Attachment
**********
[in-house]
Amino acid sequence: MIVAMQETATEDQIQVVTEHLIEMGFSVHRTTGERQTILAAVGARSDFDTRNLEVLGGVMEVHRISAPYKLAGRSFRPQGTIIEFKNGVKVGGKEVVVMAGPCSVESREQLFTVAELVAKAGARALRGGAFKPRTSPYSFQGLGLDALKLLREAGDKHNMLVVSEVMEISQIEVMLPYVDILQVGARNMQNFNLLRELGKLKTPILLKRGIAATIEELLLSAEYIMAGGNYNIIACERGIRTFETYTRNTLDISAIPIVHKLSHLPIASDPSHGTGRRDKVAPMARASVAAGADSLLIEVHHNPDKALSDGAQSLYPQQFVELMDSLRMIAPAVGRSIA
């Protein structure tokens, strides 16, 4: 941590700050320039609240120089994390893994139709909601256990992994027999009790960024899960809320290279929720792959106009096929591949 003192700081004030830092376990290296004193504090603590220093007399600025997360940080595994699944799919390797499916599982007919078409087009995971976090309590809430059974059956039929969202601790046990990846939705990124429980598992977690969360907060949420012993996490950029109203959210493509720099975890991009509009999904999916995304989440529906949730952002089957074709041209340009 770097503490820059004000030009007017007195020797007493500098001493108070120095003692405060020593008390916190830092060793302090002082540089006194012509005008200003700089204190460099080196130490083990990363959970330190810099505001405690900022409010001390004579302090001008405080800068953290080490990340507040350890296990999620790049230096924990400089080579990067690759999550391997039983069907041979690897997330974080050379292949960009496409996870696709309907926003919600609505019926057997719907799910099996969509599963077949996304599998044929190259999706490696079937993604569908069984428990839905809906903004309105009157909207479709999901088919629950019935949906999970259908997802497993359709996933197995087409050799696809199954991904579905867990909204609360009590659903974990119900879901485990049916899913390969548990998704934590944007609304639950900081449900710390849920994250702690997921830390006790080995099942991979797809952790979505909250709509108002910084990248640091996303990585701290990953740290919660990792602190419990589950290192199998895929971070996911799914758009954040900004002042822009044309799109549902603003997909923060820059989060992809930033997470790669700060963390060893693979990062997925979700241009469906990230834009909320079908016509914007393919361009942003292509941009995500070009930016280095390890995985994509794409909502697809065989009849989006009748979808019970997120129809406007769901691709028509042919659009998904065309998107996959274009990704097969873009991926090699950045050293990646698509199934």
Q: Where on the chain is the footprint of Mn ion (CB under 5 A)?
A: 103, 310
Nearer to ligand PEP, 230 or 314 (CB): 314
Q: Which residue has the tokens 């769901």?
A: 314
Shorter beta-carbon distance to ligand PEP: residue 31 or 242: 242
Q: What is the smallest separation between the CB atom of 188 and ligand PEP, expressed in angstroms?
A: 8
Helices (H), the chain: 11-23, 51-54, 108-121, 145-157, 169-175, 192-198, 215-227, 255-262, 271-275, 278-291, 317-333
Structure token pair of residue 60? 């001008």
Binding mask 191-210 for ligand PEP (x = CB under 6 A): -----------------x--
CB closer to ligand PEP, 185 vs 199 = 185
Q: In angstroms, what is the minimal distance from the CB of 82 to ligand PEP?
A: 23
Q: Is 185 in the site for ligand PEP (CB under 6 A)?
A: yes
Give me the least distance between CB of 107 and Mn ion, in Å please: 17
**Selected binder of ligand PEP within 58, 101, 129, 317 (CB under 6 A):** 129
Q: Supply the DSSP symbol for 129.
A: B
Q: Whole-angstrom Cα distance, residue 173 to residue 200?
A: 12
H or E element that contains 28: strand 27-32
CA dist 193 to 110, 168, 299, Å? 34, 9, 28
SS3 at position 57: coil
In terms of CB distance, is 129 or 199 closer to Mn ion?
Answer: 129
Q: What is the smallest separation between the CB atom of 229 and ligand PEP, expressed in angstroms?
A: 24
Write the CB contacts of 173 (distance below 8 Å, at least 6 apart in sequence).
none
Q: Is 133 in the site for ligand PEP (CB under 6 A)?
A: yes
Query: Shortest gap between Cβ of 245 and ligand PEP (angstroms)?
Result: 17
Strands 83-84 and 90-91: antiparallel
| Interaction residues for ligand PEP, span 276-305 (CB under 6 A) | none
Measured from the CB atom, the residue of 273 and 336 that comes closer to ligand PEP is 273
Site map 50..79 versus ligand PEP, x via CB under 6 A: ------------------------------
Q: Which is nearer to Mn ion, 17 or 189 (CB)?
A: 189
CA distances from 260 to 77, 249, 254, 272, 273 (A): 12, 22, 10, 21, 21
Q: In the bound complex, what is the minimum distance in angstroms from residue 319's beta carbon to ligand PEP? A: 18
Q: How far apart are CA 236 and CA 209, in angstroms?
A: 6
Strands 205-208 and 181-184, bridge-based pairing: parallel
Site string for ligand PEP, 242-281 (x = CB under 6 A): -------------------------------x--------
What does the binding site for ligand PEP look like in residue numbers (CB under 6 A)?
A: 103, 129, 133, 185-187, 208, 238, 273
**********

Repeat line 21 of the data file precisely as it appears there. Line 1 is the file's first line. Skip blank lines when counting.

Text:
**Selected binder of ligand PEP within 58, 101, 129, 317 (CB under 6 A):** 129